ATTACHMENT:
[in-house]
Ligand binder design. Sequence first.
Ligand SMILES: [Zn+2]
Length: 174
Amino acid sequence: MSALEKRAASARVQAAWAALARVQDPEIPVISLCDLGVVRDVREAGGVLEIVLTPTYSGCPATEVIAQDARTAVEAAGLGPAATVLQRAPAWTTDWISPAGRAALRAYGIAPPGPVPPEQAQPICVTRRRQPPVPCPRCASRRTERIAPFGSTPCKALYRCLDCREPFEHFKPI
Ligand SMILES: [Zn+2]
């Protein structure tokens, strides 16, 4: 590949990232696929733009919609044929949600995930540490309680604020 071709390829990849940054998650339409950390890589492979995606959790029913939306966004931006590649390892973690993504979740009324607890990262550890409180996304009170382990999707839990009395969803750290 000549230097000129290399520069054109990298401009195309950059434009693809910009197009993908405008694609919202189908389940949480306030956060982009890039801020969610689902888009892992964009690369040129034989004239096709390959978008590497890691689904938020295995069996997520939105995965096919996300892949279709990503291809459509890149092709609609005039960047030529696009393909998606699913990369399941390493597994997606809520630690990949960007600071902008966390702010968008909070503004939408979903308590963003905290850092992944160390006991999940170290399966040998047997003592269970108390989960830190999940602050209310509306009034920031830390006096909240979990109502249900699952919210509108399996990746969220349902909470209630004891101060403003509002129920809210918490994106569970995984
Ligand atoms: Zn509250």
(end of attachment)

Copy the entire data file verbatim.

[in-house]
Ligand binder design. Sequence first.
Ligand SMILES: [Zn+2]
Length: 174
Amino acid sequence: MSALEKRAASARVQAAWAALARVQDPEIPVISLCDLGVVRDVREAGGVLEIVLTPTYSGCPATEVIAQDARTAVEAAGLGPAATVLQRAPAWTTDWISPAGRAALRAYGIAPPGPVPPEQAQPICVTRRRQPPVPCPRCASRRTERIAPFGSTPCKALYRCLDCREPFEHFKPI
Ligand SMILES: [Zn+2]
């Protein structure tokens, strides 16, 4: 590949990232696929733009919609044929949600995930540490309680604020 071709390829990849940054998650339409950390890589492979995606959790029913939306966004931006590649390892973690993504979740009324607890990262550890409180996304009170382990999707839990009395969803750290 000549230097000129290399520069054109990298401009195309950059434009693809910009197009993908405008694609919202189908389940949480306030956060982009890039801020969610689902888009892992964009690369040129034989004239096709390959978008590497890691689904938020295995069996997520939105995965096919996300892949279709990503291809459509890149092709609609005039960047030529696009393909998606699913990369399941390493597994997606809520630690990949960007600071902008966390702010968008909070503004939408979903308590963003905290850092992944160390006991999940170290399966040998047997003592269970108390989960830190999940602050209310509306009034920031830390006096909240979990109502249900699952919210509108399996990746969220349902909470209630004891101060403003509002129920809210918490994106569970995984
Ligand atoms: Zn509250």